January 7, 2005
Officials with preservation and world
heritage groups are beginning to take stock of cultural sites
in Southeast Asia and western Africa damaged or destroyed
by last months tsunami. One organization, the World
Monuments Fund (WMF), which provides financial assistance
to preserve cultural sites worldwide, is attempting to contact
its project managers throughout the affected region: first
to determine if they are alive, then to determine the fate
of their projects.
"The human element is our first priority, of course,
but in connection with that is the built environment that
these people enjoyed--institutions and monuments. That heritage
is something to be looked at soon after the human element,"
says John Stubbs, vice president of field programs with the
While several important cultural sites could be destroyed
(see list, bottom), not all the news is bad: "Ive
actually heard a lot of good news and many sites that werent
damaged," says WMF program manager Michelle Berenfeld.
Among the undamaged WMF projects is Omo Hada, an 18th century
colonial house on the Indonesian island of Nias, Berenfeld
said. A WMF site in Malacca, Malaysia, is also undamaged.
Berenfeld has also received word from colleagues at Goa University,
in India, that the Sun Temple of Koranak, a 13th century temple
on the Bay of Bengal in India, sustained only minor damage
from the tsunami.
As the WMF and other cultural groups like UNESCO (United
Nations Education Scientific and Cultural Organization) begin
inventorying sites throughout the disaster area, they are
also turning their attention to the rebuilding effort. Stubbs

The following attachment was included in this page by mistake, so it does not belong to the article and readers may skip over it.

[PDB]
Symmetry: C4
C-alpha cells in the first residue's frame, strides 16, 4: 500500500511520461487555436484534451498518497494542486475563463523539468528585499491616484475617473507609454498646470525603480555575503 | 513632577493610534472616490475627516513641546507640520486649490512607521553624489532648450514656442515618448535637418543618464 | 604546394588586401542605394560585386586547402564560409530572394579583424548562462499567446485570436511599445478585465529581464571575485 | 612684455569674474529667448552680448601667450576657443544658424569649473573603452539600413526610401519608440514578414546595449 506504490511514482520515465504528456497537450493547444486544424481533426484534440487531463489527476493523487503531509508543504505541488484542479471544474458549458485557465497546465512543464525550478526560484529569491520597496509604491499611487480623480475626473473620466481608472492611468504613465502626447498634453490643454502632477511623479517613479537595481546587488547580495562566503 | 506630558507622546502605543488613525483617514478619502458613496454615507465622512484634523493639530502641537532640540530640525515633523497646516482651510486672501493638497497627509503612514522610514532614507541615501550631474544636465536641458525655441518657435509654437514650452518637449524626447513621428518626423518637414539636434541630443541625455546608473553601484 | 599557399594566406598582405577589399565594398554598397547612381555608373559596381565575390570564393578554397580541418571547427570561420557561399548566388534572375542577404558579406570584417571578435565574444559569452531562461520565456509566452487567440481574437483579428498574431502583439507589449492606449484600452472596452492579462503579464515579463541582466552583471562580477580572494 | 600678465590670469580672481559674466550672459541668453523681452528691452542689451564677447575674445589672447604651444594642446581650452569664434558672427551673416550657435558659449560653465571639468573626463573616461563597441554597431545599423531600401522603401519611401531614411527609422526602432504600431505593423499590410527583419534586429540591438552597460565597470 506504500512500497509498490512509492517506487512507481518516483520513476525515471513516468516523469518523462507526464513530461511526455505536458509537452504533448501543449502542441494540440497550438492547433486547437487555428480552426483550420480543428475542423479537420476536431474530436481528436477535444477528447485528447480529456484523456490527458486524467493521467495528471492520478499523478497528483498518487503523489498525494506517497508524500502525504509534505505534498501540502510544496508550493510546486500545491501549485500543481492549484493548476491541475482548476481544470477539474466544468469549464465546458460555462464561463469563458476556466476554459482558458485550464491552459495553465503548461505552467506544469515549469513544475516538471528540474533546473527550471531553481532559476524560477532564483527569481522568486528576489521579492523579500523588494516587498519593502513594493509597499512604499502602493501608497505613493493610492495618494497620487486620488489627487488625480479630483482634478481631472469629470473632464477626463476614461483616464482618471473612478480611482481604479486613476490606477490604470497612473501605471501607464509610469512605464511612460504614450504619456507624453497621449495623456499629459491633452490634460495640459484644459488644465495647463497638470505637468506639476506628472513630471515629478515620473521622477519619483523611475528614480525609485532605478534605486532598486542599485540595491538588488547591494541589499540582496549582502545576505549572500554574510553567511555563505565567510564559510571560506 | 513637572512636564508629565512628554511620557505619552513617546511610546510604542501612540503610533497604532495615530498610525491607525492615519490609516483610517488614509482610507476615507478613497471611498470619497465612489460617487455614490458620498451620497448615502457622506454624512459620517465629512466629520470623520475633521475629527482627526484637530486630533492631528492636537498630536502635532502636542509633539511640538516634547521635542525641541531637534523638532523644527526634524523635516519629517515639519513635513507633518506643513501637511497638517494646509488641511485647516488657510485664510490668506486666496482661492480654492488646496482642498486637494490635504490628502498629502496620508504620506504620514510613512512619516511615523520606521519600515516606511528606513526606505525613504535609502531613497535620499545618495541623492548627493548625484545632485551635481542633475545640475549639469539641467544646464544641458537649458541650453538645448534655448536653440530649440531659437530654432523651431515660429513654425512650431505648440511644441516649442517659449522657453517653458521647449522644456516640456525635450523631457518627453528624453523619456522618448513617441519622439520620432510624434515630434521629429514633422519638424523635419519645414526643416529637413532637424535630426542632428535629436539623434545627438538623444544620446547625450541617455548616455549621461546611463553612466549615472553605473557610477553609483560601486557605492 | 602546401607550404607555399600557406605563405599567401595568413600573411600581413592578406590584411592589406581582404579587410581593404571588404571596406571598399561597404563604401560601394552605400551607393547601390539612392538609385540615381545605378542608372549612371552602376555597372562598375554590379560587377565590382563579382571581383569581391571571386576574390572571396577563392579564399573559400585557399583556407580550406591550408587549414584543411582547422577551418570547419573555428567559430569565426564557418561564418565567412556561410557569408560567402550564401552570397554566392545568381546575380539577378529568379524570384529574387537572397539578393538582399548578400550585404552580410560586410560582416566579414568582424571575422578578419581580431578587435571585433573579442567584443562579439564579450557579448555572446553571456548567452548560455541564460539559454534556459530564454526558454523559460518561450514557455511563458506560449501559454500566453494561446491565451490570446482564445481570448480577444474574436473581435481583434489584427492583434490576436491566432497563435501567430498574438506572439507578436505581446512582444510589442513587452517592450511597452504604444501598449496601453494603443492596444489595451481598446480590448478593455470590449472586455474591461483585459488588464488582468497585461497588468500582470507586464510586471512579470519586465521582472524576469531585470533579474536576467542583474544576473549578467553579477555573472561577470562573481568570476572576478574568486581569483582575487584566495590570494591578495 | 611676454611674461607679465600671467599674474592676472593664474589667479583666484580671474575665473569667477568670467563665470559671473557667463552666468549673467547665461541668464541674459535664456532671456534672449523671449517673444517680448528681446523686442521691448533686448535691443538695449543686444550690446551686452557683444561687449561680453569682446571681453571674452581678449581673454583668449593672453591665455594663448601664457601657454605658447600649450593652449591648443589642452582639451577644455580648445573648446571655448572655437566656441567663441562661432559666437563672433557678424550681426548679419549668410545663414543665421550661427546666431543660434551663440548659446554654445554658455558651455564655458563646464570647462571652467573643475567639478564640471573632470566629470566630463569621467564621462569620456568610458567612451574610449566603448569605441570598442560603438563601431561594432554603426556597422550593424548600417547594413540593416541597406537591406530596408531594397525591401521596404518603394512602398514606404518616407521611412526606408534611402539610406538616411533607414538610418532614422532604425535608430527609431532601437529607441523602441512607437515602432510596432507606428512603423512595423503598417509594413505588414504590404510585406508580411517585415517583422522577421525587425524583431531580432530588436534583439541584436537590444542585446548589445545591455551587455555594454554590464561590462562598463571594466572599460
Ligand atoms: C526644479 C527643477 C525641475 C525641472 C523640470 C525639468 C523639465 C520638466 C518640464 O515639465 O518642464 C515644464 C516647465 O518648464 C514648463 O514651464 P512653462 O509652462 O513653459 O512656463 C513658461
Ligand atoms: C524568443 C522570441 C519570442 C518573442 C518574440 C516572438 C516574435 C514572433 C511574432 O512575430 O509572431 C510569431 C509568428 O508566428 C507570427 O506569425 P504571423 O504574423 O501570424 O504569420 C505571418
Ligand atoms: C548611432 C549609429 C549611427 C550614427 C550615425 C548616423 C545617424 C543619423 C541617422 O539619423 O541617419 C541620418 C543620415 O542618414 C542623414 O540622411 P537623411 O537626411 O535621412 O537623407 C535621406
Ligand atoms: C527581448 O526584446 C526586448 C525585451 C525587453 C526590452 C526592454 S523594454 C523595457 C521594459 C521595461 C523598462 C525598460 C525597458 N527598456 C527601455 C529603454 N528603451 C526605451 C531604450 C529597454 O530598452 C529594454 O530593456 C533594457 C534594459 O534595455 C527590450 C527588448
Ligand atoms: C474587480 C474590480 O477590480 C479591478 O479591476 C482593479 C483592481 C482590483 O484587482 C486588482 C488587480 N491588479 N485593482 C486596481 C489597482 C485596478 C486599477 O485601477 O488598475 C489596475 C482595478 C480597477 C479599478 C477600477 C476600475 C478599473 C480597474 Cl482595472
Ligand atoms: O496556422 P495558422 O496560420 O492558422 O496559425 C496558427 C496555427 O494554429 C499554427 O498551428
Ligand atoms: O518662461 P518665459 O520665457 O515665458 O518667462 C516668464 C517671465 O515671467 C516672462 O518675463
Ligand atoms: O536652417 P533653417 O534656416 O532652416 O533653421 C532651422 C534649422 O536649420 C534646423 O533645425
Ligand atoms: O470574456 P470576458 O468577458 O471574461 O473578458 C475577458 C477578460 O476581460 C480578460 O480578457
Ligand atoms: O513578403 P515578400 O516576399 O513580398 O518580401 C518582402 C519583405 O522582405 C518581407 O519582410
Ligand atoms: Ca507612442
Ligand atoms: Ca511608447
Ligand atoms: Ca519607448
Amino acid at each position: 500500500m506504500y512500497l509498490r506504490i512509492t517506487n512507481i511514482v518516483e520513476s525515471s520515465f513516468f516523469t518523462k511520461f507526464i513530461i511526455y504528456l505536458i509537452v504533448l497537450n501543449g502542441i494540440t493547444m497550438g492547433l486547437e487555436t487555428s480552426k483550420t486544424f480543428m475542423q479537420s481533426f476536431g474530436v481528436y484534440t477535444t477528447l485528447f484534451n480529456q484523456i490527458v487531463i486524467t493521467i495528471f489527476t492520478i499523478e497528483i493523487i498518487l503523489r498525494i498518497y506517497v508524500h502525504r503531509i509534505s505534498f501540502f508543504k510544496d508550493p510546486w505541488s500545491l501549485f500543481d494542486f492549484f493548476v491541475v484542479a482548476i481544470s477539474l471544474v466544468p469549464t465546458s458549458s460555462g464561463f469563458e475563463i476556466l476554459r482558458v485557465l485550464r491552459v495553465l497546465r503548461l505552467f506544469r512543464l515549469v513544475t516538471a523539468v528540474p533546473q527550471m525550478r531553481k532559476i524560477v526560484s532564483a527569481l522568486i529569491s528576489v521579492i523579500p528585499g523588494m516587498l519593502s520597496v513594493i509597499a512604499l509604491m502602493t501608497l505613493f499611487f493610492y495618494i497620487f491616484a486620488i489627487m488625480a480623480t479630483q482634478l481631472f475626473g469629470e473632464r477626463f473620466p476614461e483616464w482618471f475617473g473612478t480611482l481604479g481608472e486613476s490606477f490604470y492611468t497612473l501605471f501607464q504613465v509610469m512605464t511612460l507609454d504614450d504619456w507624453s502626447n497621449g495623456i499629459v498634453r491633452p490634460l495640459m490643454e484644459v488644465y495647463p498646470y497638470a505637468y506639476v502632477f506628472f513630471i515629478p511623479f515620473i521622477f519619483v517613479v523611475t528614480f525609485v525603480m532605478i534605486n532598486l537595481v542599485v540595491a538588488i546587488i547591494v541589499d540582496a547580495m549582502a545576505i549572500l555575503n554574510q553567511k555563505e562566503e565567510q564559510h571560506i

says that the WMF can act as a clearinghouse for information,
helping to connect cultural ministries in southeast Asian
nations with governments elsewhere that have experience rebuilding
after natural disasters and warfare.
"Sadly, WMF has become quite expert in dealing with
post-disaster scenarios like the Balkans, Iraq and Iran,"
Stubbs observes. "Its a matter of transferring
information thats already been developed in one part
of the world to another part of the world."
Stubbs adds that, on a project by project basis in the tsunami
disaster area, the WMF will address issue of "preventative
conservation" to fortify surviving cultural sites against
damage from future natural disasters. "History tells
us what to do with these sites."
According to the United Nations Educational,
Scientific and Cultural Organization, the following
World Heritage sites are located in areas affected
by the tsunami:
- The Old Town of Galle and its Fortifications
in Sri Lanka: the town has been flooded and
preliminary reports indicate that there has
been important damage, notably affecting underwater
heritage in the ancient harbour. The Fort itself
has been reported intact.
- The Ujung Kulon National Park and Tropical
Rainforest of Sumatra, both in Indonesia: preliminary
information indicates that conservation structures
in the National Park of Gunung Leuser, part
of the Tropical Rainforest of Sumatra, have
- The Indian sites of Mahabalipuram and the
Sun Temples of Konarak, also located in the
affected zones, have not suffered any substantial
damage, according to the Indian national authorities.